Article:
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Antibacterial action of nanoparticle, illustration

Antibacterial action of nanoparticle, illustration

F016/8740

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Credit

KATERYNA KON / SCIENCE PHOTO LIBRARY KATERYNA KON / SCIENCE PHOTO LIBRARY

Caption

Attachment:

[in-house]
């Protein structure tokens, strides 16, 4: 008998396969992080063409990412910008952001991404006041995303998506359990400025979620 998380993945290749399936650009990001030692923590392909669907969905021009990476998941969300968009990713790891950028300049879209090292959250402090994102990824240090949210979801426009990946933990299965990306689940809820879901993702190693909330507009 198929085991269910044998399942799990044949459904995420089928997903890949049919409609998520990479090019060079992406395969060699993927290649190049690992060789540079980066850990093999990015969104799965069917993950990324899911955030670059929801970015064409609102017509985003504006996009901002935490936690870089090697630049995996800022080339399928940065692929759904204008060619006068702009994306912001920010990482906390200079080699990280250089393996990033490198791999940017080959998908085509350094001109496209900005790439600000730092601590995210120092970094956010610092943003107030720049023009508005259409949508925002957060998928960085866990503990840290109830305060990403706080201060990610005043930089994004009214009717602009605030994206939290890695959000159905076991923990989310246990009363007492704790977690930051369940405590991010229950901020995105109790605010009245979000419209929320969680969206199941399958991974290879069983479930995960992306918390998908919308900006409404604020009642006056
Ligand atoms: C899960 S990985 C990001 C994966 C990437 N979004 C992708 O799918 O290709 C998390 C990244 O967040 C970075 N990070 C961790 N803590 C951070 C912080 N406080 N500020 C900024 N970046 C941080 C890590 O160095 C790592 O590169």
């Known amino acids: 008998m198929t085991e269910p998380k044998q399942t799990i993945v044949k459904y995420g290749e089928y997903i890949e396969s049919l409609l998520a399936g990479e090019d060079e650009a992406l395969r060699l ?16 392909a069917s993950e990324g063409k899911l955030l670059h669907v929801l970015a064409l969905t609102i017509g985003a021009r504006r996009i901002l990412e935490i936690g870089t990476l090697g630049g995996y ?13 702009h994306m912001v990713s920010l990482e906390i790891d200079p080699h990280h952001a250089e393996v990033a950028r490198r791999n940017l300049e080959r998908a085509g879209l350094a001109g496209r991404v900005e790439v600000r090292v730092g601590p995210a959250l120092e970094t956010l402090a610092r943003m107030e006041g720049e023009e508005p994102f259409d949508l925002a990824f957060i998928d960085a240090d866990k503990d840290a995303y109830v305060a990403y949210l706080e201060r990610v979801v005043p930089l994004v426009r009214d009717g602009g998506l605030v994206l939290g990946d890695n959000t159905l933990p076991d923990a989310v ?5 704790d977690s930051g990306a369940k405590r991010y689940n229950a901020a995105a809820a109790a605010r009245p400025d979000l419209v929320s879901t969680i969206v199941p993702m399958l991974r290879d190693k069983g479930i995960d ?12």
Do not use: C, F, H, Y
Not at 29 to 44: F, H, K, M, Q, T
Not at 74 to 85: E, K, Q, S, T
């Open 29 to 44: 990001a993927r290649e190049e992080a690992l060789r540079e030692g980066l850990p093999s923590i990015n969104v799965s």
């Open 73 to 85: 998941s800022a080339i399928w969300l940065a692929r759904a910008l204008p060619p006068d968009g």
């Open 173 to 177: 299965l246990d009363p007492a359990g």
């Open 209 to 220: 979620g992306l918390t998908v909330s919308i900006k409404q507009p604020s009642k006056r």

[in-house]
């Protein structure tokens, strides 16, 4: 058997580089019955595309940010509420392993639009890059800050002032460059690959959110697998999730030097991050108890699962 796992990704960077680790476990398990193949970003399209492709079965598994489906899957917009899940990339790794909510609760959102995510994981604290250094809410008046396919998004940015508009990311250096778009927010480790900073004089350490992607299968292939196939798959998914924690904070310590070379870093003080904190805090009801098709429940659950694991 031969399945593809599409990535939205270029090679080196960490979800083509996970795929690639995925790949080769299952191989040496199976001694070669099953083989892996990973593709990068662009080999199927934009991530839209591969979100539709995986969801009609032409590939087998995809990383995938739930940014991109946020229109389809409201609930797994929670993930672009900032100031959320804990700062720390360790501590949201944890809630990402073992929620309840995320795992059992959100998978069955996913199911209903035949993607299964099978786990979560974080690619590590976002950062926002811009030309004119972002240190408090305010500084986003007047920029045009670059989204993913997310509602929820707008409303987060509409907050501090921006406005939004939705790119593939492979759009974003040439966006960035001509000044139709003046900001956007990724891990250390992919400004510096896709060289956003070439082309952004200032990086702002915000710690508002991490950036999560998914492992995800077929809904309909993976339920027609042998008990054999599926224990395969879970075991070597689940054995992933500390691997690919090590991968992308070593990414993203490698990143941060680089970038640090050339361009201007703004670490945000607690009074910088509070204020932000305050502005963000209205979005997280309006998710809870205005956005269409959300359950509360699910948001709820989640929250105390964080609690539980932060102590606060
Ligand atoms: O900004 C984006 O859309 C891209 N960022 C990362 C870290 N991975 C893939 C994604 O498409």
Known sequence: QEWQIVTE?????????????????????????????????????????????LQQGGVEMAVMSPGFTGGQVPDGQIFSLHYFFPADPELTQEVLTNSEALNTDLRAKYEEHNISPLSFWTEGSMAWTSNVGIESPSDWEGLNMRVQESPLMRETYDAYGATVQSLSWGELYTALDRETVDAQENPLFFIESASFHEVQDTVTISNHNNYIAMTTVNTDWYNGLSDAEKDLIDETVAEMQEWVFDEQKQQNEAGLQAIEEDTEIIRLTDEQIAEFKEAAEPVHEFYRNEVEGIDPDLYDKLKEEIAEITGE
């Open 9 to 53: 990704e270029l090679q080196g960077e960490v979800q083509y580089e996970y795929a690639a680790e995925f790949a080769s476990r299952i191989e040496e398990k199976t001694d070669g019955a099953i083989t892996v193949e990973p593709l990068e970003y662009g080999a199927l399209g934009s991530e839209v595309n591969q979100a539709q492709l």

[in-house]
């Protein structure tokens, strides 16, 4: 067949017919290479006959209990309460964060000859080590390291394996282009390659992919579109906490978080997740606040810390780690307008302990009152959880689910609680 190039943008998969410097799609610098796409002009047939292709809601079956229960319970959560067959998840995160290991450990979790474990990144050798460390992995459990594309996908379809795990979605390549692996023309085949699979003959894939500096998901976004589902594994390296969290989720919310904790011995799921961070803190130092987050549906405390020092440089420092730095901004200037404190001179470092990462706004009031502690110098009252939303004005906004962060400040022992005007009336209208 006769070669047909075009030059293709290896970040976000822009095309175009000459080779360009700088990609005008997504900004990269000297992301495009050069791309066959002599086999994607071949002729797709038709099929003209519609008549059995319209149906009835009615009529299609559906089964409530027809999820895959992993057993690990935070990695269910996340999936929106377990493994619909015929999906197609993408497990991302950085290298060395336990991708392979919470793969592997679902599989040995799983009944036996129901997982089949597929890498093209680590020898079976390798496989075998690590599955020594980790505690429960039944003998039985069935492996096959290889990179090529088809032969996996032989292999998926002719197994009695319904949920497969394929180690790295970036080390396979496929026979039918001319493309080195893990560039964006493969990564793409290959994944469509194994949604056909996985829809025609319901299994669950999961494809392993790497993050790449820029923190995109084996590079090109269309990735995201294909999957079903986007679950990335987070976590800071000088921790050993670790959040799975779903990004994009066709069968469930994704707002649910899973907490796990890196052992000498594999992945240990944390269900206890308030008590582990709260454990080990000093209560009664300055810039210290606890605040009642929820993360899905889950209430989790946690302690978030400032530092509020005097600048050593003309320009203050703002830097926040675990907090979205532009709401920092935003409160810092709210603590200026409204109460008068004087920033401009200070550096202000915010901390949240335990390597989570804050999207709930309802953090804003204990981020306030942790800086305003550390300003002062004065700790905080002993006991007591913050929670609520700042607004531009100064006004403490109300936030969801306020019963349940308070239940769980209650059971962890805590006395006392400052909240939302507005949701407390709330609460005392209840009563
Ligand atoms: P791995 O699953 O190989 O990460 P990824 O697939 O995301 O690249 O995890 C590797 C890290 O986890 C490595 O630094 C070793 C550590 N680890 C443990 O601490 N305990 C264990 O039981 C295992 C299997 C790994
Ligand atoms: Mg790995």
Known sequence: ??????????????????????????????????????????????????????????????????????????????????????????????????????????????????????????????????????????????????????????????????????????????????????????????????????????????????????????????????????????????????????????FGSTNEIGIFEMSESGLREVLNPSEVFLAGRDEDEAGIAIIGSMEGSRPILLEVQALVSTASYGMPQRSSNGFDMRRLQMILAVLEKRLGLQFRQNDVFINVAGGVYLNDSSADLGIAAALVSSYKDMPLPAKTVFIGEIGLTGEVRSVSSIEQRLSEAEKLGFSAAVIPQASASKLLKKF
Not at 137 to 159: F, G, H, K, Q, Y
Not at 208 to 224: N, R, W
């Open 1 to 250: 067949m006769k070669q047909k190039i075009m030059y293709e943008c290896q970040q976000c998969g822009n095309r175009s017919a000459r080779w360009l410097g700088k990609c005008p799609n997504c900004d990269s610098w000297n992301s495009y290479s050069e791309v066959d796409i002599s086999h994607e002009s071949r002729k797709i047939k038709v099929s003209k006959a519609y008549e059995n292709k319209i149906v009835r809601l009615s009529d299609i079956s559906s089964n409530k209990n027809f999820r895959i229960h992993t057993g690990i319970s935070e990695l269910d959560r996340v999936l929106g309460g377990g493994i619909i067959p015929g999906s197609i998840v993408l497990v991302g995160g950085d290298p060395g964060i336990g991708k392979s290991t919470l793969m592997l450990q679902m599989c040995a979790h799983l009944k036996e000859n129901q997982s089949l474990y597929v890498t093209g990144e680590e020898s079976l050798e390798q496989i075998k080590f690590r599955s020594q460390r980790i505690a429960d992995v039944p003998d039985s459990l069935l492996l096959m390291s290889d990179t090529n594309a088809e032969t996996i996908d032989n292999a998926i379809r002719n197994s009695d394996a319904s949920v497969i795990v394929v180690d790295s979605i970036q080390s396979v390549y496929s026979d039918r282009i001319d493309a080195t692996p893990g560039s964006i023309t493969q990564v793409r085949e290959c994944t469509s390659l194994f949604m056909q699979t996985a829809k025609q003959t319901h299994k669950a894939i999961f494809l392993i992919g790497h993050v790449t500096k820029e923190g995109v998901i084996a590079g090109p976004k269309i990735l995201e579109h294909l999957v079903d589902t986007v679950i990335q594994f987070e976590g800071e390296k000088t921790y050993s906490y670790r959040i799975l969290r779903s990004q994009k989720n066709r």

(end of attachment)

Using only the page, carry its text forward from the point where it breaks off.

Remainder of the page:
Mechanism of antibacterial action of nanoparticles, computer illustration. Nanoparticles can form complexes with antibiotic molecules (possible binding sites are orange) and have a number antimicrobial effects. Binding nanoparticles to antibiotic molecules can increase the concentration of antimicrobial agents at the bacterial surface (1). Nanoparticles can act as an antibiotic carrier, facilitating the movement of a hydrophobic antibiotic across the bacterial cell wall (2). Beta-lactam antibiotics destroy the cell wall and increase its permeability to nanoparticles (3). Once within the cell, nanoparticles prevent DNA (deoxyribonucleic acid) from unwinding (4). Within the cells nanoparticles interfere with the pumping activity of the NorA transmembrane protein, inhibiting antibiotic efflux from the cell (5).

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